On Famine’s Doorstep
Two-thirds of Yemen’s underfed, war-ravaged people now teeter on the edge of starvation. So Zakat Foundation of America has stepped up its food resilience program among sesame growers, using your gifts to buy stand-alone power sources for 65 Yemeni-owned oil-processing facilities.
“Prevent starvation. That’s our donors’ top priority in Yemen,” said Halil Demir, Zakat Foundation Executive Director, “with a long-term goal of increasing Yemen’s domestic food growing and supply. The sesame production chain is key.”
Nearly 18 million Yemenis go without food some days or many days, suffering acute to life-threatening malnutrition, according to a late January report from the Famine Early Warning Systems Network (FEWS NET). About 15 million of them, or 2 million households, rely on agriculture for their living, the Food and Agriculture Organization of the United Nations reports.
“Funding provided by the Zakat Foundation will procure equipment for cooking oil processors,” said Mary Strata, director of foundation partnerships for Mercy-Corps, Zakat Foundation’s partner in a food resilience project to help local Yemeni sesame producers increase yields and product sales.
Solar- and fuel-powered generators purchased with your Zakat Foundation charity can double sesame cooking oil presser production and increase incomes and food availability for people.
Cooking oil processors run 10 hours daily on average due to electricity shortages. That’s the finding of an independent study by a Yemeni expert contracted by the project, with the goal of raising domestic food production and incomes for everyone in the product chain.
The researcher evaluated 86 presses around the country to learn what local small-scale sesame oil producers needed to upgrade. They identified power shortages and irregular availability as their top problem.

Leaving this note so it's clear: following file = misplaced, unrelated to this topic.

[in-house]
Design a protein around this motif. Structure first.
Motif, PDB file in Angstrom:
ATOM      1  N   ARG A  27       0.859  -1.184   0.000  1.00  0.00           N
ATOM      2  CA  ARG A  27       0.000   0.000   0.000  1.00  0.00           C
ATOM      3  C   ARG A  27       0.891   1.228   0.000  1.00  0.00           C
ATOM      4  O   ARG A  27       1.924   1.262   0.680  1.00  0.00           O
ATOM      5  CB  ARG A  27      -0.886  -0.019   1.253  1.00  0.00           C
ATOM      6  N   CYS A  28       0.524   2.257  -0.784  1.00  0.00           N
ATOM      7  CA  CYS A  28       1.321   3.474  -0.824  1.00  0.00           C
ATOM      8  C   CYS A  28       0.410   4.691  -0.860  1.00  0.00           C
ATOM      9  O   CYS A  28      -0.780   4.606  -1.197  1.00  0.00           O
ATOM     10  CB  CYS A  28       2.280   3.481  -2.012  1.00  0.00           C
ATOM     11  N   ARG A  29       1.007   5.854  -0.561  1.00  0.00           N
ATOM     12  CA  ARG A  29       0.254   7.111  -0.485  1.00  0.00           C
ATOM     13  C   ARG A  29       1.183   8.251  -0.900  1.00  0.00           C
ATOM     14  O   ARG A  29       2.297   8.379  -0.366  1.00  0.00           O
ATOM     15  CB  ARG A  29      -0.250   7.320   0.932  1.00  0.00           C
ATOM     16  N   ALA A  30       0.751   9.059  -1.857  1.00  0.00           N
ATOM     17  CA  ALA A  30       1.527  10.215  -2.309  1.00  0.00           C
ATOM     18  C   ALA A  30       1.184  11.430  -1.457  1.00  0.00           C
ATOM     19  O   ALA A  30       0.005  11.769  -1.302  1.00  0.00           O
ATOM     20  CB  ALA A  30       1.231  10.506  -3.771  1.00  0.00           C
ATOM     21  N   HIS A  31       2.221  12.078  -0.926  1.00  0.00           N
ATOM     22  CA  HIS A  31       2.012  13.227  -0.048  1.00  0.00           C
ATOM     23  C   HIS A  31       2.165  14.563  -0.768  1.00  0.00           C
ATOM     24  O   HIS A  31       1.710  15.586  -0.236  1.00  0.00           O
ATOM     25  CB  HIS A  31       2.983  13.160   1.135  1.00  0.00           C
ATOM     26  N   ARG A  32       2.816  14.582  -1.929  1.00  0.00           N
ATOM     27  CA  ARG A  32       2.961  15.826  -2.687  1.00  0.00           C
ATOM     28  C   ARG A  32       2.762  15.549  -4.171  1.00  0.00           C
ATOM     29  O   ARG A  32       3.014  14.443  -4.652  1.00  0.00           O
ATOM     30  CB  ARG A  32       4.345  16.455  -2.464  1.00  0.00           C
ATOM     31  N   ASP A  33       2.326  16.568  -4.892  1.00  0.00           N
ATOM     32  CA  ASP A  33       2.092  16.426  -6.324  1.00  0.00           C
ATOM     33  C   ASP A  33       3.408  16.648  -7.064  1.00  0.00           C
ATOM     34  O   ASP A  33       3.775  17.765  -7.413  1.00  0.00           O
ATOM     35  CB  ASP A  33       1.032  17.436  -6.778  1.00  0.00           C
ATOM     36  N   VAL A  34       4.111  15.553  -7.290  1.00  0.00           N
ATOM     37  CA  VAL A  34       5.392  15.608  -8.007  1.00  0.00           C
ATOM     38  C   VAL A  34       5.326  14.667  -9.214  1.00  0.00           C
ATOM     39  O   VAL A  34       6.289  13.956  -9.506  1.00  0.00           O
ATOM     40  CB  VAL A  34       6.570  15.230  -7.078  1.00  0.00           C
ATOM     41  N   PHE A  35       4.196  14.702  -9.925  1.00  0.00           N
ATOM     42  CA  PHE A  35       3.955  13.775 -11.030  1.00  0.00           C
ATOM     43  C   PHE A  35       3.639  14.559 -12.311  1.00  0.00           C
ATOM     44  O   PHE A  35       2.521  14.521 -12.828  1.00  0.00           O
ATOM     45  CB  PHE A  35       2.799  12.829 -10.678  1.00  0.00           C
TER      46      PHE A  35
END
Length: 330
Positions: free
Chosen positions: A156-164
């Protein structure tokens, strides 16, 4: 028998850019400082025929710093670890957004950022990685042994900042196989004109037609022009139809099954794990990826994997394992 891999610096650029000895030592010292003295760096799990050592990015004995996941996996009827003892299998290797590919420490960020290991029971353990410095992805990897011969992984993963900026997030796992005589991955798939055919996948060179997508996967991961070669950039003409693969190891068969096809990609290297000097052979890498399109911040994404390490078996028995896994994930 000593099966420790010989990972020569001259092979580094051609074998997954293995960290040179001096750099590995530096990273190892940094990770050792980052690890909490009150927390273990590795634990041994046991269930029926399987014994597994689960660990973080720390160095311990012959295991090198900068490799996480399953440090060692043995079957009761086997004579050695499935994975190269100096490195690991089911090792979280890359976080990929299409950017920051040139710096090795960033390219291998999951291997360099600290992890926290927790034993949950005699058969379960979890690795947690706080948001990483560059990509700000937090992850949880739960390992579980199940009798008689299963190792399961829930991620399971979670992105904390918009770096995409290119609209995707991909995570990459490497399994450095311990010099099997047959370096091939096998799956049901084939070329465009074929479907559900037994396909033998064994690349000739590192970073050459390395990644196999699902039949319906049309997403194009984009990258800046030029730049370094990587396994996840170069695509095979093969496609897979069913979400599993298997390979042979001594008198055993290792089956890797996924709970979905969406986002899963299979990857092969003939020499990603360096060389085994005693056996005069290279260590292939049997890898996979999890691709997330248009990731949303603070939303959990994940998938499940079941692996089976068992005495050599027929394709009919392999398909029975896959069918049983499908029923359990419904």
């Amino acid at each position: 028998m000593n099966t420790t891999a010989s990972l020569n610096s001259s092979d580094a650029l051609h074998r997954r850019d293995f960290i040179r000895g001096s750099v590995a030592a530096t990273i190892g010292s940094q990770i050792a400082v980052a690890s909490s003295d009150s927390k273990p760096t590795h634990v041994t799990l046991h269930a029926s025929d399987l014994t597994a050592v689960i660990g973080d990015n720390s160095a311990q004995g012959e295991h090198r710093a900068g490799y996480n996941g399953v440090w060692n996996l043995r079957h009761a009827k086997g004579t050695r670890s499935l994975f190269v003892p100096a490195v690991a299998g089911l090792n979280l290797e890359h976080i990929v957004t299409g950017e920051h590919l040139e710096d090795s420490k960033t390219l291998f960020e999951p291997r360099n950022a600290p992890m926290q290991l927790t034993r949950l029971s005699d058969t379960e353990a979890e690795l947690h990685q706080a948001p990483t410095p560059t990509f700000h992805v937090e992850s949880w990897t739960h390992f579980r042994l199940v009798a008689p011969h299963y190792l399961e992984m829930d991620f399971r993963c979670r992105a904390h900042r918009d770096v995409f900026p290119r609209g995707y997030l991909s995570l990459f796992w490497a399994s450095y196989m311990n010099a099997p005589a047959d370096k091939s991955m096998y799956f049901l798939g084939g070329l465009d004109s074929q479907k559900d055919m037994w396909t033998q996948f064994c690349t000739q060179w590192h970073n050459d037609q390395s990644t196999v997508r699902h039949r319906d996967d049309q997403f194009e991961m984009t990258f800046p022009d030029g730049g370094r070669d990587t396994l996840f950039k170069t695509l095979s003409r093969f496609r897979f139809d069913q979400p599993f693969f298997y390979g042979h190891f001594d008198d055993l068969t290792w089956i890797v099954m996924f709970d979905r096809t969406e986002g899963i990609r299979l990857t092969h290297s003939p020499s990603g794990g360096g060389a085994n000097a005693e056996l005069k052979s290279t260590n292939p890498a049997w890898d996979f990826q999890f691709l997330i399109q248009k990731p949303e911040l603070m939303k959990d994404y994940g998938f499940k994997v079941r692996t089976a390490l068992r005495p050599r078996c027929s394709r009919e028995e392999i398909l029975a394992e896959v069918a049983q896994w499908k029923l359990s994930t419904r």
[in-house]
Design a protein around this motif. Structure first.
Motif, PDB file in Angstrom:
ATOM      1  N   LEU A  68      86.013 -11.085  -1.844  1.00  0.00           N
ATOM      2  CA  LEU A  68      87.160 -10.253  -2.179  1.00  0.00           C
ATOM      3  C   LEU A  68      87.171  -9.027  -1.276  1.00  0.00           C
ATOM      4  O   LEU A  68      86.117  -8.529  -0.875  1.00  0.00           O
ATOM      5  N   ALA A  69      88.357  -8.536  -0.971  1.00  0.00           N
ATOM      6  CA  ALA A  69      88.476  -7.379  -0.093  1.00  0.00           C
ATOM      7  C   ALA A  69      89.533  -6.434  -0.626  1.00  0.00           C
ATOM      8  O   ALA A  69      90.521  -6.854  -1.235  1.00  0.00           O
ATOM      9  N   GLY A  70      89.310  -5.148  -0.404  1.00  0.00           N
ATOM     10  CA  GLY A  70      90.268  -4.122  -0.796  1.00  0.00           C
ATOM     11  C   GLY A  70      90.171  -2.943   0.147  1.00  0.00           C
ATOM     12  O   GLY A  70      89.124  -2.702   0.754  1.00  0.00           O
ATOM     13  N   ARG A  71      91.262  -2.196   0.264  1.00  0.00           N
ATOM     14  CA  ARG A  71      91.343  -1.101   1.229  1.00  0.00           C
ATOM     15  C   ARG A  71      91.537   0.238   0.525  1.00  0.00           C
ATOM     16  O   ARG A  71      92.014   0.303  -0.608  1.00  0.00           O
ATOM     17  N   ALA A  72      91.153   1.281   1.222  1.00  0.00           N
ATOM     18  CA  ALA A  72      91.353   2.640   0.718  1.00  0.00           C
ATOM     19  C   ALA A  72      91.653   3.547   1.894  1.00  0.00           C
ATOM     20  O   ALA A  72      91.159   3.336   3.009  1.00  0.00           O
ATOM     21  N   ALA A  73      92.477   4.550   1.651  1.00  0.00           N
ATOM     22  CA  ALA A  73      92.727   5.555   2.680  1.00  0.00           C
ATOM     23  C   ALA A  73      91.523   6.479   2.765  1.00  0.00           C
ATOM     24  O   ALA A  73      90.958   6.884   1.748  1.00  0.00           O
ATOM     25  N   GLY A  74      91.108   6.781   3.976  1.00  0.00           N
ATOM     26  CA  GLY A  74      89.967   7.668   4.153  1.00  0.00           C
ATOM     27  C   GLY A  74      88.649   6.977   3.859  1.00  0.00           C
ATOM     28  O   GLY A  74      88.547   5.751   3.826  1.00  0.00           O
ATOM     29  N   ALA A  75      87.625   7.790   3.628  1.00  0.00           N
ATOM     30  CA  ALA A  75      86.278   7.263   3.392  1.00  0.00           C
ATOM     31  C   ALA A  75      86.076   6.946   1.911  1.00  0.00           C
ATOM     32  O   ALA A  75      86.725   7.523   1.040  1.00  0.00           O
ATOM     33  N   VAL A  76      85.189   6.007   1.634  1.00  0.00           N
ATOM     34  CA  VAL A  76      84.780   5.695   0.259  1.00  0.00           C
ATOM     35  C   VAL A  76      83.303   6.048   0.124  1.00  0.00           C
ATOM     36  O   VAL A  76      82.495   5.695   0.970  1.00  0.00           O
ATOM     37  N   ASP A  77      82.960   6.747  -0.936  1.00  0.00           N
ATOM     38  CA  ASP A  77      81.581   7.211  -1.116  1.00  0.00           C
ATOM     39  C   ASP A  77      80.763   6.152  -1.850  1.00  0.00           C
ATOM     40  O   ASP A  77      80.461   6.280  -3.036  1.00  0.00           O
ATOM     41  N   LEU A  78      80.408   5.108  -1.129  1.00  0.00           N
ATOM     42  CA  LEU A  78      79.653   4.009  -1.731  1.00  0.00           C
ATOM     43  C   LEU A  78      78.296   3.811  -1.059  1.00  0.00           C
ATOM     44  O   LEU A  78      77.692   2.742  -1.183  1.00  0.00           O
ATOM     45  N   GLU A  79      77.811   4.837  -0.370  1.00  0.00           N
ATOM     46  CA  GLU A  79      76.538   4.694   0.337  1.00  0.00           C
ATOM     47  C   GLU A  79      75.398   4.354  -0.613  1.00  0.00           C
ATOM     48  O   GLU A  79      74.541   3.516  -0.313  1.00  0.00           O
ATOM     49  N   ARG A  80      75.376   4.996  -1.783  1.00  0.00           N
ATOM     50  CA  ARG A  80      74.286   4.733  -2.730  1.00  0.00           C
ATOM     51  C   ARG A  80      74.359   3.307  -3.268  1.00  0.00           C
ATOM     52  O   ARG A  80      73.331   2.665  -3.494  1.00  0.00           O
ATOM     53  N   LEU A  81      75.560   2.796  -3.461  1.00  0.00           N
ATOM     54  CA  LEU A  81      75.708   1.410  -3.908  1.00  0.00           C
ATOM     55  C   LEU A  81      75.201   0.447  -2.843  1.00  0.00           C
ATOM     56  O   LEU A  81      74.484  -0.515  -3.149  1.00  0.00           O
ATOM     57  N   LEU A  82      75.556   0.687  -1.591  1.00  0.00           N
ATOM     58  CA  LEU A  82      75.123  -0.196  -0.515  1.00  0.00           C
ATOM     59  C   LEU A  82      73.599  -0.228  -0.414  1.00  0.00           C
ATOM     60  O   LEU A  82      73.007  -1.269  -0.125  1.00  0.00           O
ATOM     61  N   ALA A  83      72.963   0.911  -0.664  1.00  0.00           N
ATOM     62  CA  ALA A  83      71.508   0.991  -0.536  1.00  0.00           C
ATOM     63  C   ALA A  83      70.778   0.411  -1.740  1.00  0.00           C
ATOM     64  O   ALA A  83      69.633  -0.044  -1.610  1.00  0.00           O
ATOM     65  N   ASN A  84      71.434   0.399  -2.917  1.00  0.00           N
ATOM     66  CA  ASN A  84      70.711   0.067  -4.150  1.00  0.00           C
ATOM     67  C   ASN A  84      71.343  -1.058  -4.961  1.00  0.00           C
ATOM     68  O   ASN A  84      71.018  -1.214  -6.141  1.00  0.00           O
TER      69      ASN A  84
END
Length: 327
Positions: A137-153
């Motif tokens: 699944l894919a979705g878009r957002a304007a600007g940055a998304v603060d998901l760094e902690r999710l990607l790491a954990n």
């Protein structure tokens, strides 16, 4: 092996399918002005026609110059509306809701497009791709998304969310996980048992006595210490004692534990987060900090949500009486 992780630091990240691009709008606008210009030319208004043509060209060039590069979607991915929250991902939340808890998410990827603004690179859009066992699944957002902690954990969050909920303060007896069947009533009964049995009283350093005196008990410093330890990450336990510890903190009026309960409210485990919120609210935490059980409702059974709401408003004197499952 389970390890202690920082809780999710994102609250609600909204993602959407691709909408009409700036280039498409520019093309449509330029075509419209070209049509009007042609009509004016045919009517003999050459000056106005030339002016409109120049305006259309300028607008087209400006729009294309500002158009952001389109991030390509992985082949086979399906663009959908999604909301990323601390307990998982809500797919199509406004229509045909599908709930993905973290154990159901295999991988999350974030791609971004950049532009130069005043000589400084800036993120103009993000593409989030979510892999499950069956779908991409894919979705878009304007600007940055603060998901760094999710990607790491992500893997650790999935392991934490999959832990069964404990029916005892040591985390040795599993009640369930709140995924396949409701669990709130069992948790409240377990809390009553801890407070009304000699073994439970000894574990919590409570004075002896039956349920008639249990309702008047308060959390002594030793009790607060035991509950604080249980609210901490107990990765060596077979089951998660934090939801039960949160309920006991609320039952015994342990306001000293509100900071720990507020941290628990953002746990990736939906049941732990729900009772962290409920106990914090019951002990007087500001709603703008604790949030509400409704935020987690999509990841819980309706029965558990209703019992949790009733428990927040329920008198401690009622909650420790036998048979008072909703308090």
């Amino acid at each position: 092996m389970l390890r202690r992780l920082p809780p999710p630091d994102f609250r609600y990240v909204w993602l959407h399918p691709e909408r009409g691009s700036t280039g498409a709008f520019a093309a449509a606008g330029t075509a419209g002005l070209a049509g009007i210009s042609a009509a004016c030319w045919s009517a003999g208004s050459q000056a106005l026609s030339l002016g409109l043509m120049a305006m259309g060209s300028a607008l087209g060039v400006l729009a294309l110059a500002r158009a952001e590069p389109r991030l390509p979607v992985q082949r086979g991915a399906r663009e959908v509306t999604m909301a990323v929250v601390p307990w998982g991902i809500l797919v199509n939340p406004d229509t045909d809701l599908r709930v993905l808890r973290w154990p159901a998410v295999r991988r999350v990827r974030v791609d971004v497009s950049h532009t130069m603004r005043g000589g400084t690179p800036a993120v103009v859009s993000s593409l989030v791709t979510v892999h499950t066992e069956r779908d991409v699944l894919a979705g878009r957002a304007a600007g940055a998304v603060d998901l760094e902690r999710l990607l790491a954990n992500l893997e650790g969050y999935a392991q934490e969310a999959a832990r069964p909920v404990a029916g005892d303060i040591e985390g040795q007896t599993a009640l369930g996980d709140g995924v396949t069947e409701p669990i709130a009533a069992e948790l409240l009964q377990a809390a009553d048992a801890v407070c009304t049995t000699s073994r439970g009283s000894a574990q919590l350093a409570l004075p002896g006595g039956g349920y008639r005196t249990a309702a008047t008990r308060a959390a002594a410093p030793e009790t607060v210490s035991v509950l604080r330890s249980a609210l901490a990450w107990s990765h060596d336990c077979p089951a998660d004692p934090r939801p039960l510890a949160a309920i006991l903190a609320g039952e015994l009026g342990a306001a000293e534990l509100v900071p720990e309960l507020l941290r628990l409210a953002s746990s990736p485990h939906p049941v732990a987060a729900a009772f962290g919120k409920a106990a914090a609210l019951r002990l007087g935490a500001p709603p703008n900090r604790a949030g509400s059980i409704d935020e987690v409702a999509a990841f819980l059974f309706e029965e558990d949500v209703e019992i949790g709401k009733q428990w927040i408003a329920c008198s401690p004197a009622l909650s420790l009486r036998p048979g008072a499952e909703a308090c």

Limited oil press runtimes discourage sesame growers from increasing yields because pressers buy from them only what they can process. That puts a ceiling on the volume of sesame oil on hand for consumption and the need for laborers. Together, that spells smaller incomes for farmers, workers, pressers and vendors, and inadequate cooking oil availability for Yemen’s desperately underfed people.
Yemen is now home to the world’s biggest hunger crisis. About 8.4 million Yemenis live severely food insecure, meaning they are one phaseaway from dying of starvation. Around 1.8 million children from 6 months to 5 years old suffer acute malnutrition. Malnourishment also drains 1.1 million pregnant and nursing women.
On average, 130 children die every day in Yemen from lack of food and diseases like cholera and diphtheria, according to a November report by Save the Children.
Once self-sufficient in cereal crops and legumes — maize, millet, sorghum, pulses (humus, lentils, beans), and traditionally renowned for coffee — Yemen now imports a staggering 90 percent of its food and 80 percent of all other goods. But war blights even that source.
Zakat Foundation grants enabled the bidding process for generators to begin in December. But port blockades and embargoes have prevented their timely purchase and arrival. Zakat Foundation’s Mercy-Corps partner has now widened the scope to bring generators online as fast as possible.
Raising cooking oil production will benefit Yemen’s hungry victims of conflict another way, by decreasing skyrocketing prices. In December, cooking oil costs shot up as much as 61 percent due to import dependency, siege, and degraded port capability through targeted violence.
As a result, Yemen’s rial currency lost half its value in January, from 250 rials to 500 per U.S. dollar. This makes it even harder for Yemen’s poor and beleaguered to afford food.
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In 2021, 94¢ from each dollar donated went directly toward programs serving those in need. 3¢ went to administrative costs & 3¢ went to fundraising costs.